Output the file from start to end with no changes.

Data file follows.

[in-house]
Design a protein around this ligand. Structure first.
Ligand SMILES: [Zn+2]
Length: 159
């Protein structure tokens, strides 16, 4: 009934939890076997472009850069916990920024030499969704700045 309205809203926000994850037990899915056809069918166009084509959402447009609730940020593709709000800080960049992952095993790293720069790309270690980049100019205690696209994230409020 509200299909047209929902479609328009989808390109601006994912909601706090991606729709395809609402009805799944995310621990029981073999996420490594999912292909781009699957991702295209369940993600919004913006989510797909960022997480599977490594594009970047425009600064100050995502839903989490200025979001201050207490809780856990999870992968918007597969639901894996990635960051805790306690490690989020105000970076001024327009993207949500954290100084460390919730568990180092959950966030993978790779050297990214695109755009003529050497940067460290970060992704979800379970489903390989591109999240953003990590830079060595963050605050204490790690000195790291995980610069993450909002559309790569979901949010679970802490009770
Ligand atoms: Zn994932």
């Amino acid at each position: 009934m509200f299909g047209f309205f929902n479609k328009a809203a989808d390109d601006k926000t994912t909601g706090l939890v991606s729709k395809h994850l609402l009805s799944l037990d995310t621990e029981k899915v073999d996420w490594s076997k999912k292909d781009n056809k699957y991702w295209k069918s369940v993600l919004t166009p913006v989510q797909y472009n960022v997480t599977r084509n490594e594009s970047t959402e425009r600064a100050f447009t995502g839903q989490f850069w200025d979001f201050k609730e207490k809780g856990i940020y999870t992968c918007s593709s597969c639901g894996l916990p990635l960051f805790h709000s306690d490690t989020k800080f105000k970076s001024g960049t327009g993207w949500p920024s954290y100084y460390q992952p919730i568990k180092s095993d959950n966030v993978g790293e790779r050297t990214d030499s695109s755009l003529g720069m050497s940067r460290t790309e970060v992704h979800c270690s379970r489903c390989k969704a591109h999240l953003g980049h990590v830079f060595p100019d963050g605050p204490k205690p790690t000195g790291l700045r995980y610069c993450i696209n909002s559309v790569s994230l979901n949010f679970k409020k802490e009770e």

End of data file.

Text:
[in-house]
Design a protein around this ligand. Structure first.
Ligand SMILES: [Zn+2]
Length: 159
């Protein structure tokens, strides 16, 4: 009934939890076997472009850069916990920024030499969704700045 309205809203926000994850037990899915056809069918166009084509959402447009609730940020593709709000800080960049992952095993790293720069790309270690980049100019205690696209994230409020 509200299909047209929902479609328009989808390109601006994912909601706090991606729709395809609402009805799944995310621990029981073999996420490594999912292909781009699957991702295209369940993600919004913006989510797909960022997480599977490594594009970047425009600064100050995502839903989490200025979001201050207490809780856990999870992968918007597969639901894996990635960051805790306690490690989020105000970076001024327009993207949500954290100084460390919730568990180092959950966030993978790779050297990214695109755009003529050497940067460290970060992704979800379970489903390989591109999240953003990590830079060595963050605050204490790690000195790291995980610069993450909002559309790569979901949010679970802490009770
Ligand atoms: Zn994932």
């Amino acid at each position: 009934m509200f299909g047209f309205f929902n479609k328009a809203a989808d390109d601006k926000t994912t909601g706090l939890v991606s729709k395809h994850l609402l009805s799944l037990d995310t621990e029981k899915v073999d996420w490594s076997k999912k292909d781009n056809k699957y991702w295209k069918s369940v993600l919004t166009p913006v989510q797909y472009n960022v997480t599977r084509n490594e594009s970047t959402e425009r600064a100050f447009t995502g839903q989490f850069w200025d979001f201050k609730e207490k809780g856990i940020y999870t992968c918007s593709s597969c639901g894996l916990p990635l960051f805790h709000s306690d490690t989020k800080f105000k970076s001024g960049t327009g993207w949500p920024s954290y100084y460390q992952p919730i568990k180092s095993d959950n966030v993978g790293e790779r050297t990214d030499s695109s755009l003529g720069m050497s940067r460290t790309e970060v992704h979800c270690s379970r489903c390989k969704a591109h999240l953003g980049h990590v830079f060595p100019d963050g605050p204490k205690p790690t000195g790291l700045r995980y610069c993450i696209n909002s559309v790569s994230l979901n949010f679970k409020k802490e009770e």